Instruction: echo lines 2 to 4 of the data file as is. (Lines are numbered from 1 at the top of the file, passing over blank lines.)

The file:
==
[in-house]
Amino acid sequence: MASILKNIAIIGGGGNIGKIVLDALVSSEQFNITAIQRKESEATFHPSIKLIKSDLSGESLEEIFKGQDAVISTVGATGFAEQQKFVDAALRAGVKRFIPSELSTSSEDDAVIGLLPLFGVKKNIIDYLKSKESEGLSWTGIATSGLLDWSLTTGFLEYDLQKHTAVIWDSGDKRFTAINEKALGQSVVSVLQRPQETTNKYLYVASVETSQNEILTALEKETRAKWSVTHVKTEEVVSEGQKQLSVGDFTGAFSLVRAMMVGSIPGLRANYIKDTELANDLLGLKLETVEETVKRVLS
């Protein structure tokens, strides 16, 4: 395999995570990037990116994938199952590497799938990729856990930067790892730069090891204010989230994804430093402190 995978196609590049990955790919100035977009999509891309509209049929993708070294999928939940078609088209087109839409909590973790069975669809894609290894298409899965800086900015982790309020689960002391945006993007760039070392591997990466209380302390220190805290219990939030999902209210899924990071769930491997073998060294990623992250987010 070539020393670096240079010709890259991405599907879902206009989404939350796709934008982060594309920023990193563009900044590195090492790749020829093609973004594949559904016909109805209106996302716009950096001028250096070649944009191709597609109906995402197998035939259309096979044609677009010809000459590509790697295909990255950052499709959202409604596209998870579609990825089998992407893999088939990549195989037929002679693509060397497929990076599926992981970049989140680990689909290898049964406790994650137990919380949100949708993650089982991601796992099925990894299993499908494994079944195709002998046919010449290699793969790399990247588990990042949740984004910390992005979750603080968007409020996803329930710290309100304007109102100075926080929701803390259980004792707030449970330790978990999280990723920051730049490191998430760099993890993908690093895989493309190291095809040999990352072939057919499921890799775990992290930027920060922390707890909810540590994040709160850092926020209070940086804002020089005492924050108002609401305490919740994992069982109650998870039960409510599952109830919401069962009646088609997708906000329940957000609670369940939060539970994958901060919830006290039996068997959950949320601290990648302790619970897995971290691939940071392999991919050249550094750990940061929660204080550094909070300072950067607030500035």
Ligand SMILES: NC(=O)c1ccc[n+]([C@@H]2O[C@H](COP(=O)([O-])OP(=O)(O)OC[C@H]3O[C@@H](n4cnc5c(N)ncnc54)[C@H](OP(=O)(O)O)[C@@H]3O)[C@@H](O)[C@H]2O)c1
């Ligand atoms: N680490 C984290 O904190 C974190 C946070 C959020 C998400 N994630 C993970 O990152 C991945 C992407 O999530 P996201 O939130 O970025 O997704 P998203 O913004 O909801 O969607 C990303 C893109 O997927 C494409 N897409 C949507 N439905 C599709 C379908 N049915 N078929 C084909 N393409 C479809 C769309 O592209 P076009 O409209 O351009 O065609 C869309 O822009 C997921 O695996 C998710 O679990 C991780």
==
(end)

Amino acid sequence: MASILKNIAIIGGGGNIGKIVLDALVSSEQFNITAIQRKESEATFHPSIKLIKSDLSGESLEEIFKGQDAVISTVGATGFAEQQKFVDAALRAGVKRFIPSELSTSSEDDAVIGLLPLFGVKKNIIDYLKSKESEGLSWTGIATSGLLDWSLTTGFLEYDLQKHTAVIWDSGDKRFTAINEKALGQSVVSVLQRPQETTNKYLYVASVETSQNEILTALEKETRAKWSVTHVKTEEVVSEGQKQLSVGDFTGAFSLVRAMMVGSIPGLRANYIKDTELANDLLGLKLETVEETVKRVLS
């Protein structure tokens, strides 16, 4: 395999995570990037990116994938199952590497799938990729856990930067790892730069090891204010989230994804430093402190 995978196609590049990955790919100035977009999509891309509209049929993708070294999928939940078609088209087109839409909590973790069975669809894609290894298409899965800086900015982790309020689960002391945006993007760039070392591997990466209380302390220190805290219990939030999902209210899924990071769930491997073998060294990623992250987010 070539020393670096240079010709890259991405599907879902206009989404939350796709934008982060594309920023990193563009900044590195090492790749020829093609973004594949559904016909109805209106996302716009950096001028250096070649944009191709597609109906995402197998035939259309096979044609677009010809000459590509790697295909990255950052499709959202409604596209998870579609990825089998992407893999088939990549195989037929002679693509060397497929990076599926992981970049989140680990689909290898049964406790994650137990919380949100949708993650089982991601796992099925990894299993499908494994079944195709002998046919010449290699793969790399990247588990990042949740984004910390992005979750603080968007409020996803329930710290309100304007109102100075926080929701803390259980004792707030449970330790978990999280990723920051730049490191998430760099993890993908690093895989493309190291095809040999990352072939057919499921890799775990992290930027920060922390707890909810540590994040709160850092926020209070940086804002020089005492924050108002609401305490919740994992069982109650998870039960409510599952109830919401069962009646088609997708906000329940957000609670369940939060539970994958901060919830006290039996068997959950949320601290990648302790619970897995971290691939940071392999991919050249550094750990940061929660204080550094909070300072950067607030500035």
Ligand SMILES: NC(=O)c1ccc[n+]([C@@H]2O[C@H](COP(=O)([O-])OP(=O)(O)OC[C@H]3O[C@@H](n4cnc5c(N)ncnc54)[C@H](OP(=O)(O)O)[C@@H]3O)[C@@H](O)[C@H]2O)c1